The two pilots who died Monday in a Fort Benning helicopter crash were Capt. John D. Hortman and Chief Warrant Officer 3 Steven B. Redd, said a statement Wednesday from the Special Operations Command at Fort Bragg, N.C.
Hortman, 30, and Redd, 37, were assigned to 1st Battalion, 160th Special Operations Aviation Regiment at Fort Campbell, Ky. Both died when their AH-6M Little Bird helicopter crashed during a joint training exercise with the 3rd Battalion, 75th Ranger Regiment at Fort Benning.
Lt. Col. Michael Hertzendorf, commander of the regiment, said two Americans heroes were lost in a tragic training accident.
“Every day the uniquely skilled and highly trained Night Stalker aviators execute challenging and dangerous training to prepare them for real world missions,” the commander said. “It is with a very heavy heart that we recognize the loss of our own.”
Hortman, a native of Inman, S.C., was a platoon leader. Redd, a native of Lancaster, Calif., was an armament platoon leader.
No other injuries were reported in the crash, which occurred about 4:15 p.m. The U.S. Army Combat Readiness Center is investigating.
The crash on a live-fire range occurred on the second day of an exercise with Rangers at Fort Benning and a unit from the U.S. Air Force.
Hertzendorf said the loss of Hortman and Redd will be felt personally and professionally for years.
“Our immediate and lasting concern is for the families and friends of these extraordinary men who served their country with distinction, made the ultimate sacrifice and who lived by our motto: Night Stalkers Don’t Quit,” he said.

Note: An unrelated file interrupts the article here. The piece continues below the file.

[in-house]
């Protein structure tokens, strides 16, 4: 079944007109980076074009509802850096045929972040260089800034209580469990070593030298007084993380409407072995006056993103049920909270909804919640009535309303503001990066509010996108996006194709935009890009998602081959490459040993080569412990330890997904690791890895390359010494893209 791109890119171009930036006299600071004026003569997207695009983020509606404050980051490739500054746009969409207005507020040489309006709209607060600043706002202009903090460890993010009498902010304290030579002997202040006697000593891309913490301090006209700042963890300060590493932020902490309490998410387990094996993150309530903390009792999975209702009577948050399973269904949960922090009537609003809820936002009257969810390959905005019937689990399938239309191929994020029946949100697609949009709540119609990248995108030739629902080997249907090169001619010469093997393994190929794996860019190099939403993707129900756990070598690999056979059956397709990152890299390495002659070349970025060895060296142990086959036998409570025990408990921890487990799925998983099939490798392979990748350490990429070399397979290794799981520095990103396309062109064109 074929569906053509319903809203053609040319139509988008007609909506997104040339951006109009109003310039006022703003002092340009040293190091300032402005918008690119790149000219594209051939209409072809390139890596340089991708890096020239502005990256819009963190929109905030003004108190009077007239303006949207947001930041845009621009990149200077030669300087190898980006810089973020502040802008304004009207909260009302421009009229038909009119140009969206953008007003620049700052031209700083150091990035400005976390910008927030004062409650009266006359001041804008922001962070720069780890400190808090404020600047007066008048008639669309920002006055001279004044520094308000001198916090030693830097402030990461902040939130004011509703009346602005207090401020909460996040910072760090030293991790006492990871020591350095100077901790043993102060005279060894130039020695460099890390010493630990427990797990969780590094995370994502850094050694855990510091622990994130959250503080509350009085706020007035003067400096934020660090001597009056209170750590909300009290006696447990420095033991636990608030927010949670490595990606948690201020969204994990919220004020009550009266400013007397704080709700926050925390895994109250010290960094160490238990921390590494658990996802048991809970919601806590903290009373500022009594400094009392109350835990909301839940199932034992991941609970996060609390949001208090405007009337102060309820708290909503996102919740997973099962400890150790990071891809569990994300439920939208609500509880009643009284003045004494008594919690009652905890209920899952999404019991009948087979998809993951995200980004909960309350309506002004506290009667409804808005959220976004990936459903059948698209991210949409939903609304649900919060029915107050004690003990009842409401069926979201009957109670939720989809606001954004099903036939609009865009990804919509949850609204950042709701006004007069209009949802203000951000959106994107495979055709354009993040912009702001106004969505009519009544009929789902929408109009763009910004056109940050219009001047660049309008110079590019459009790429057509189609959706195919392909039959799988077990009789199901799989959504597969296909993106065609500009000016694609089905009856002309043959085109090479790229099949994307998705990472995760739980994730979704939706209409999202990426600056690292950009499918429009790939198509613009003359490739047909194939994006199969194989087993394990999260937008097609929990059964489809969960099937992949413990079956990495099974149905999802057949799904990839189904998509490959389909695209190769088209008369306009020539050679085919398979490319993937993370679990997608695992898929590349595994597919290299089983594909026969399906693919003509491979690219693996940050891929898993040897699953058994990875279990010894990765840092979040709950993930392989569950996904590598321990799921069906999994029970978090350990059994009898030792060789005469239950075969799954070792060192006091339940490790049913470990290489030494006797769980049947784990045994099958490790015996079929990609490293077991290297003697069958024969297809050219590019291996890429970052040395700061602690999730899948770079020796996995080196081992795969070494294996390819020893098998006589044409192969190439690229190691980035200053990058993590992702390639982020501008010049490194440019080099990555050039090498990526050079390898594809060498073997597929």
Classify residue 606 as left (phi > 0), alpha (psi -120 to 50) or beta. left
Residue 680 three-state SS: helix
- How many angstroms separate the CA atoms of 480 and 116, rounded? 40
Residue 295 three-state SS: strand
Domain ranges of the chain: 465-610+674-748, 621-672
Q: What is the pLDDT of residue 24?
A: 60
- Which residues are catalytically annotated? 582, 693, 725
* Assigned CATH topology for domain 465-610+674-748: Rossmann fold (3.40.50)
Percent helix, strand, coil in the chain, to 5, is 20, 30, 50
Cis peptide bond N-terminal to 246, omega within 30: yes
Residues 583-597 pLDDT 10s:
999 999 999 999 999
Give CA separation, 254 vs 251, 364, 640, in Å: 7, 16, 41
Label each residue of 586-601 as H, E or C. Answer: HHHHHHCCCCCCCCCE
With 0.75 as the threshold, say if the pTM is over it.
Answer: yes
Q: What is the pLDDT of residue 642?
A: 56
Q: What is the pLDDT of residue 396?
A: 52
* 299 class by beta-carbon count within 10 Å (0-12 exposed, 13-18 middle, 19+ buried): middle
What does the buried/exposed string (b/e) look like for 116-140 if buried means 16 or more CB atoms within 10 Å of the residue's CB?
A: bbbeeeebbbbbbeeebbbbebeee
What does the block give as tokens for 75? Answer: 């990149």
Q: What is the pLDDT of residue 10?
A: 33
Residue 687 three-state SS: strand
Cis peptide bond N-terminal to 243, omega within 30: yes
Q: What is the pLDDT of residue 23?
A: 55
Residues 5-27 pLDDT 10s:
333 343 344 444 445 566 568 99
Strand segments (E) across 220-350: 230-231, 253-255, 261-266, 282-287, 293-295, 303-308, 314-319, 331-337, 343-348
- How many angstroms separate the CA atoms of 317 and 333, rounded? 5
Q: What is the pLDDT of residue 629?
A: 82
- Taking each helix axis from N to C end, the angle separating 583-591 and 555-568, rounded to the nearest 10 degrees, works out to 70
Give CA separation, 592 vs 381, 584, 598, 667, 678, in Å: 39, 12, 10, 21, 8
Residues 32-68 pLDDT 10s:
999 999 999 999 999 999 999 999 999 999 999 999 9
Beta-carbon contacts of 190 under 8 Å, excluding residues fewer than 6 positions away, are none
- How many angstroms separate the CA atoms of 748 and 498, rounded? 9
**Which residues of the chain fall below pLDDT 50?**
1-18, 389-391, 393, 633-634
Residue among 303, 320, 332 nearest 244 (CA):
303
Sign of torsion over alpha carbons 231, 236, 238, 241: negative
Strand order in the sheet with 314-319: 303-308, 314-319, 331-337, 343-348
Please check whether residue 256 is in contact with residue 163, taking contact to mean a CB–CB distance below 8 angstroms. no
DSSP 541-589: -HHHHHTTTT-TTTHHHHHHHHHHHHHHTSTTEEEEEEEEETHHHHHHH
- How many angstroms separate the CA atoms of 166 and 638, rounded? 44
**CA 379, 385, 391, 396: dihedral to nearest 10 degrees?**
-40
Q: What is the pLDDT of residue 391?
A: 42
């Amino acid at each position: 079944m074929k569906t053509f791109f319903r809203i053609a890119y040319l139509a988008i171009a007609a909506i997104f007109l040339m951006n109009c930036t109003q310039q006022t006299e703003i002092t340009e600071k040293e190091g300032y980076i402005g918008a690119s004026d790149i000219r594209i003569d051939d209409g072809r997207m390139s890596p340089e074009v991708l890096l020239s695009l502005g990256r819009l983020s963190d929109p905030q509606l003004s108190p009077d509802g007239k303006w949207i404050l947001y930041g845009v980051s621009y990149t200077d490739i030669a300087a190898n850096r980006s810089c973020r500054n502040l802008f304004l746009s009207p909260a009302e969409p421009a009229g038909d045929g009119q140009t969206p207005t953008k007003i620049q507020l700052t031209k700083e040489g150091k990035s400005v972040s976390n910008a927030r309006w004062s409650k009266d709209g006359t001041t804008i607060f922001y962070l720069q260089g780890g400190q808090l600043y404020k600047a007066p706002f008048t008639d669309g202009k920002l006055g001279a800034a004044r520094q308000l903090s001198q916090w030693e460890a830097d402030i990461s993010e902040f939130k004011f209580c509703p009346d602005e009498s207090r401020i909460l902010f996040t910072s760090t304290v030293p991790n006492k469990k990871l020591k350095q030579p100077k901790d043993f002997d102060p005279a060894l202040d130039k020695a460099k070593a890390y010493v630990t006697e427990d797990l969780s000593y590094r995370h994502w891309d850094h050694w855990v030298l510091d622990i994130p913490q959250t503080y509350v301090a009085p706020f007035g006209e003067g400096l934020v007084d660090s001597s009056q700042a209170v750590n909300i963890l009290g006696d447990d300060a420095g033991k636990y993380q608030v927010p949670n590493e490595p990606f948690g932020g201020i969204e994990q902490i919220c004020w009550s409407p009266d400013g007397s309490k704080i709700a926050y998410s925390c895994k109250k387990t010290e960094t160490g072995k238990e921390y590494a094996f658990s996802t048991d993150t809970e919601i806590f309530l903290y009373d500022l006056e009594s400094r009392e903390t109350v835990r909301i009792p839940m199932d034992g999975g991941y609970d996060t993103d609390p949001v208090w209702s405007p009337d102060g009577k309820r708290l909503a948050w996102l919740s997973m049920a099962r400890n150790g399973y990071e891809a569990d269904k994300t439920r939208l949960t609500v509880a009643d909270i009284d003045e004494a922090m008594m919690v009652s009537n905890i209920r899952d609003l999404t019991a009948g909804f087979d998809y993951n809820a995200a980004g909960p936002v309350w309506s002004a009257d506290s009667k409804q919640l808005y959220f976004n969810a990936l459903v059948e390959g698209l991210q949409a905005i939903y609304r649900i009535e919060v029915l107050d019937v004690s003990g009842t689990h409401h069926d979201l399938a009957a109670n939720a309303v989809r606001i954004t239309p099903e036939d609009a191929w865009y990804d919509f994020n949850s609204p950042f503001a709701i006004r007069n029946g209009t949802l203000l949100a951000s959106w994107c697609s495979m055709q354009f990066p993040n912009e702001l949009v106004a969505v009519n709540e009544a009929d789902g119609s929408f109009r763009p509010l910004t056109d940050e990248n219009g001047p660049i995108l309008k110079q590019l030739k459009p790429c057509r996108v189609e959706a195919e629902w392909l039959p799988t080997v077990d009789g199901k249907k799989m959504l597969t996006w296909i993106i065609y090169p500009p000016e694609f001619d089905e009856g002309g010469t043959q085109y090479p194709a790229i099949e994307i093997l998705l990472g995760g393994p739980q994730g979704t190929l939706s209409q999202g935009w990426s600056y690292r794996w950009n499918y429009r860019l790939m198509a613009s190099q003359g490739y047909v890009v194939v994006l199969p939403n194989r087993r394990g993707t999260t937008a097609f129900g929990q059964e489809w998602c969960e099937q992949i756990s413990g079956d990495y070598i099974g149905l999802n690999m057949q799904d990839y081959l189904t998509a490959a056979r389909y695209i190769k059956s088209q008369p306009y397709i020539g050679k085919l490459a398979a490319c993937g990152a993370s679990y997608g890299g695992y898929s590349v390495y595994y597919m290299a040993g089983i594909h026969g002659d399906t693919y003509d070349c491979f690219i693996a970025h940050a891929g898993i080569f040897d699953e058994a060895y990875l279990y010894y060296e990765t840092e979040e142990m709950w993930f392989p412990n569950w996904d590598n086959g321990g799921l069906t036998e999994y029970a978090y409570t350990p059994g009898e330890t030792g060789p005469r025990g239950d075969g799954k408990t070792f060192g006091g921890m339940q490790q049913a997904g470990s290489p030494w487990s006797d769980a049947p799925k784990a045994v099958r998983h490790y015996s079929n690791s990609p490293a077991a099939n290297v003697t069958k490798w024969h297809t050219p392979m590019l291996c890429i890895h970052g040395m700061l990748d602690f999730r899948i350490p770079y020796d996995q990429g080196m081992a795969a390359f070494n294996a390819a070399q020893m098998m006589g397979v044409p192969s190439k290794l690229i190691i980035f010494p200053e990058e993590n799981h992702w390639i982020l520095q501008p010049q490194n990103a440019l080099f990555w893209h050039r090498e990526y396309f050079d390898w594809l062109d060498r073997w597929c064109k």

Hortman was a 2004 graduate of the U.S. Military Academy at West Point, N.Y., with a degree in history. He served in multiple positions as scout leader and company commander at Fort Drum, N.Y., before attending the Aviation Captain’s Career Course at Fort Rucker, Ala. Last year, he was assigned to the 160th Special Operations Regiment.
He was deployed three times in support of Operation Iraqi Freedom.
Survivors include his mother, Brenda Jones of Inman; a sister, Jill Hortman of Colorado Springs, Colo.; and a brother, Andy Pierce of Overland Park, Kan.
Redd served nine years with the 1st Battalion, 75th Ranger Regiment before he was accepted into the Army Warrant Officer Program at Fort Rucker in 2001. After graduation from the AH-64 helicopter course, he was assigned to the Alpha Company, 6-6 Cavalry Squadron in Illesheim, Germany, as a helicopter pilot and instructor pilot. He has been with the 160th Special Operations Aviation Regiment since 2007.
A combat veteran, Redd was deployed 12 times, including 10 times to Iraq and two to Afghanistan.
Survivors include his wife Adalia Redd of Clarksville, Tenn.; three children and three step-children, all of Clarksville; and his parents, Louis and Dorothy Redd of Layton, Utah.
A statement from his family said Redd was a hero: “He served his nation for more than 19 years and spent 10 of those doing what he particularly loved to do -- flying with fellow Night Stalkers and supporting Special Operations forces. There is no question that Steve believed in what he was doing. He never doubted why he was there.” The family asked for privacy and time to grieve.
The AH-6M helicopter is a single-engine modified version of a commercial helicopter and is used as a light attack aircraft. Usually flown by two pilots, the Little Bird can be armed with a variety of weapons, including both M-134 miniguns and rockets, according to a Special Operations Command fact sheet.
Post officials said training at Fort Benning will continue through Aug. 19 with the 160th Special Operations Aviation Regiment and the Air Force Special Operations Command at Hulbert Field in Florida. The training involves low-flying helicopters and aircraft.
Residents may hear more noise on ranges than from normal exercises. Some training may occur after dark with helicopters and airplanes. The training is aimed at helping the units maintain readiness.